Dwight Bollingers The Origin Of Language

Dwight BollingerS The Origin Of Language Essay Question I found Dwight Bollingers essay entitled The Origin of Language to be a very interesting work. I especially enjoyed the section about the chimpanzees. Although we know that animals can communicate with one another in their own way, they are limited by the barriers of fixity of reference and holophrasis. There is no way they could achieve syntax which means that most animals cannot achieve true language as we define it. It seems that the chimpanzees involved in the experiments which Bollinger writes about have come very close to possessing language.

Especially impressive is the chimp named Washoe and her sign language skills. She has managed to learn a complicated language and can communicate with her trainers. Sadly, Bollinger tells us that it requires such a great deal of time to train the chimps, that they age and die before they can acquire a more complete language system. I would like to know if the chimps in the experiments have ever attempted to teach non-trained chimps any of these skills. If these chimps were taken from the laboratory and allowed to return to their natural habitat, would they lose these skills that the teachers and trainers have worked so hard to instill? Are the chimps able to retain the skills without the constant reinforcement by the trainers? The answer to these questions would help me to decide whether these special chimps have language.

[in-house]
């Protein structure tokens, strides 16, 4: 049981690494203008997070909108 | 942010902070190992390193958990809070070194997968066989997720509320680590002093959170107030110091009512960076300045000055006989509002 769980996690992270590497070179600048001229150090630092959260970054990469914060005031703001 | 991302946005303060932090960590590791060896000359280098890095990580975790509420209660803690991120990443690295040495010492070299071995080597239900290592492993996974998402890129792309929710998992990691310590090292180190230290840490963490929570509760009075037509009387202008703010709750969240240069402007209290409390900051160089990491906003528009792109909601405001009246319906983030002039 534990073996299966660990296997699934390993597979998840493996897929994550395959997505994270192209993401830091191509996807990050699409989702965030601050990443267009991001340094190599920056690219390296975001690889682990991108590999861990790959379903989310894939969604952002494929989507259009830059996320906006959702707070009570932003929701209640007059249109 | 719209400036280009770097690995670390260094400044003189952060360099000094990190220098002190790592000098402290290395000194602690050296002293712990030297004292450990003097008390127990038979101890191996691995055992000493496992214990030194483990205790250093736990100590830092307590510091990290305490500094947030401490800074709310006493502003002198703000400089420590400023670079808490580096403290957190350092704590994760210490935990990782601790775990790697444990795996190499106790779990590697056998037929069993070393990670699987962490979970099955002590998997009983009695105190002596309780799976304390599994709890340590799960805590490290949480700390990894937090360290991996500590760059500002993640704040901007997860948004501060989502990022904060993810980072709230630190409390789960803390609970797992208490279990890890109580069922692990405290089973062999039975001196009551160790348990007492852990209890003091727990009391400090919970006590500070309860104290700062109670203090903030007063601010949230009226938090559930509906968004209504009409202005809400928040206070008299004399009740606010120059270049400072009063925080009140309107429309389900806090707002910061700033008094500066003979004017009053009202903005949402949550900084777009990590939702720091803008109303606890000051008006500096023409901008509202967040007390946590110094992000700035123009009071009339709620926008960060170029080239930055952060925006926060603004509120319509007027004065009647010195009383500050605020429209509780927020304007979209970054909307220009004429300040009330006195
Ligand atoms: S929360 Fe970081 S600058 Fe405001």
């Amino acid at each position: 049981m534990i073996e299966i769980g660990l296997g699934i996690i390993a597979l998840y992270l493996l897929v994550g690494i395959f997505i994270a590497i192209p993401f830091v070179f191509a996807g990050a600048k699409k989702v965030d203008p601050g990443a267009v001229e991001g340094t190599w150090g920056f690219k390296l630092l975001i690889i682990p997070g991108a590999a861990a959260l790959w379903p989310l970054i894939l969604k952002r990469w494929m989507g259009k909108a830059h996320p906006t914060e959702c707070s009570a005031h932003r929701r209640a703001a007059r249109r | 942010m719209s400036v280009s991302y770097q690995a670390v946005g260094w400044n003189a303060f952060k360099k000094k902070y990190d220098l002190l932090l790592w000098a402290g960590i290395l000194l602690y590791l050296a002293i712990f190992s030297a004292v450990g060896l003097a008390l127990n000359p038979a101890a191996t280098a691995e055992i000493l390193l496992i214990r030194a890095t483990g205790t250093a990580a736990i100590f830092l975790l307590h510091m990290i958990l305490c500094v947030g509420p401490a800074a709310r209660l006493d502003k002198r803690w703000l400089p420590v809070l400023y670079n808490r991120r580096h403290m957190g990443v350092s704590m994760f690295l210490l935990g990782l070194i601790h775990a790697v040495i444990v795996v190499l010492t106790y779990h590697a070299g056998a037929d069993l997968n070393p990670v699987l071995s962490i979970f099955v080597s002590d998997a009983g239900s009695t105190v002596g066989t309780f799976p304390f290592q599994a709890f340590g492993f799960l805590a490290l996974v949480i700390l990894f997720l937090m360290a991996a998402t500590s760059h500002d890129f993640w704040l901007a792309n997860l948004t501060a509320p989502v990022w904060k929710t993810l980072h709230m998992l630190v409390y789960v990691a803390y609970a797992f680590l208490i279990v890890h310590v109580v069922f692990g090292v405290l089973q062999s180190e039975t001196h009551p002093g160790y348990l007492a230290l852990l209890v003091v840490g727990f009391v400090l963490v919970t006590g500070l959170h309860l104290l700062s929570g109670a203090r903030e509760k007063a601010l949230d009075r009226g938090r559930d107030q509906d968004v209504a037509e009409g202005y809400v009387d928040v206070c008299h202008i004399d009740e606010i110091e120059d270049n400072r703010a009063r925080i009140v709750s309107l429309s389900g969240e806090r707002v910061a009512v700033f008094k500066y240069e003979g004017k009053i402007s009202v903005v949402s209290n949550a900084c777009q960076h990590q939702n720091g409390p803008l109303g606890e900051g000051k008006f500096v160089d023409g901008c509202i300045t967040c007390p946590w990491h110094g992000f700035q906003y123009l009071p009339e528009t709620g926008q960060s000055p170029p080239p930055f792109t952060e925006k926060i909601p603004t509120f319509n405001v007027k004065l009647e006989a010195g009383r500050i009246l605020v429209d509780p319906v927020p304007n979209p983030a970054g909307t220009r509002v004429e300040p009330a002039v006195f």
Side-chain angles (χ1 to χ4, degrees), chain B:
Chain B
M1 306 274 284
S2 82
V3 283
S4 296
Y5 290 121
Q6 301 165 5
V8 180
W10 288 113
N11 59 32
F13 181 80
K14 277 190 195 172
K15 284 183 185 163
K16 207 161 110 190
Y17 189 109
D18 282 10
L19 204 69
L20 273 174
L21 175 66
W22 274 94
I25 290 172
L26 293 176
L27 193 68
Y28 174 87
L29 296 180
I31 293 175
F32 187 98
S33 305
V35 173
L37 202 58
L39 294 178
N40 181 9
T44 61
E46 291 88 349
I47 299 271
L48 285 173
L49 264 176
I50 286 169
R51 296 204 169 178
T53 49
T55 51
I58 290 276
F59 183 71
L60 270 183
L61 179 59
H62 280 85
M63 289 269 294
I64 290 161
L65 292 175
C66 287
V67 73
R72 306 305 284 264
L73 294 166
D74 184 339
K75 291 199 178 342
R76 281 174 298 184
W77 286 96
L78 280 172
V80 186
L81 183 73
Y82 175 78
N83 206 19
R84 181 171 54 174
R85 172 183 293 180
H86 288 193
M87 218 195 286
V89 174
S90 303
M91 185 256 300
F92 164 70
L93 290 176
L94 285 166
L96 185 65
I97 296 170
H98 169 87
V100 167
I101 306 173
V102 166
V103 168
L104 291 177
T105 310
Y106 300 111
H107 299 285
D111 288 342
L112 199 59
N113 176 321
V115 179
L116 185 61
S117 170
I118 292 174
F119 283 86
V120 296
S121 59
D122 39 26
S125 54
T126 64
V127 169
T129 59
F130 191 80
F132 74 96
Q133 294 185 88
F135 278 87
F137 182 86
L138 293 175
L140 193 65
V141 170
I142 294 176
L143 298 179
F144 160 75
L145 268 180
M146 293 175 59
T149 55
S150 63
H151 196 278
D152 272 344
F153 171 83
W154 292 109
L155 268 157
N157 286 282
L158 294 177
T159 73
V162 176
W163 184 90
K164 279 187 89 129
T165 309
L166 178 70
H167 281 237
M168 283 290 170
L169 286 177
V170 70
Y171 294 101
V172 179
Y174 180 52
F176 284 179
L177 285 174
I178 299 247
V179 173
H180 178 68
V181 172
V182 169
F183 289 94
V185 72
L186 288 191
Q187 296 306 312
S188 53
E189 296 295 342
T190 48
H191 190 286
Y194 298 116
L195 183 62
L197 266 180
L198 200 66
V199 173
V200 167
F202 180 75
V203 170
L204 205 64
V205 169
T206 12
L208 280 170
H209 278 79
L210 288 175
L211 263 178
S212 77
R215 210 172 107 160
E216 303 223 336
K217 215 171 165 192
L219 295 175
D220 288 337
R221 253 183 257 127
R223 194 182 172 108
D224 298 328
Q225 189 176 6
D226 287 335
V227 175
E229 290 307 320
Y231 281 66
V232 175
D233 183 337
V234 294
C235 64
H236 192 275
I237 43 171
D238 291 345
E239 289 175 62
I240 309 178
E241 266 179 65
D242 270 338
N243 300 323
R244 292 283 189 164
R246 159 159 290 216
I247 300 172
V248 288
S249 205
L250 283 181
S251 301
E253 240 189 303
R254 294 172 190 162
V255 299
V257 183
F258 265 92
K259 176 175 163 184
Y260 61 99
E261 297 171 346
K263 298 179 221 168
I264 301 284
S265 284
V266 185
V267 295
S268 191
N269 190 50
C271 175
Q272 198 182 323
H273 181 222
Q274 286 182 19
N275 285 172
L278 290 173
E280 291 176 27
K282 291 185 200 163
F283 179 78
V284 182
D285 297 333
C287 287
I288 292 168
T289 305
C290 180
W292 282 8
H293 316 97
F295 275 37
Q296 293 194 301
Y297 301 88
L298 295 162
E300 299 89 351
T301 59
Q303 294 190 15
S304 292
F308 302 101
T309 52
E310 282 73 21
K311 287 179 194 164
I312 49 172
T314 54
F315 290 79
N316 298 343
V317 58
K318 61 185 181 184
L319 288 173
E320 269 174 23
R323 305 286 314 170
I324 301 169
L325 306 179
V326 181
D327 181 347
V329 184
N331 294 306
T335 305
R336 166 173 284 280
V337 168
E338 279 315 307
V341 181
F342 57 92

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As it stands now, with the information I have been given, I would have to conclude that they have a low level form of language but have not arrived at the standard for true language. Chimpanzees are not the only subjects which are being investigated. I have read that experiments have been going on for years involving the communication levels of dolphins. Science Essays.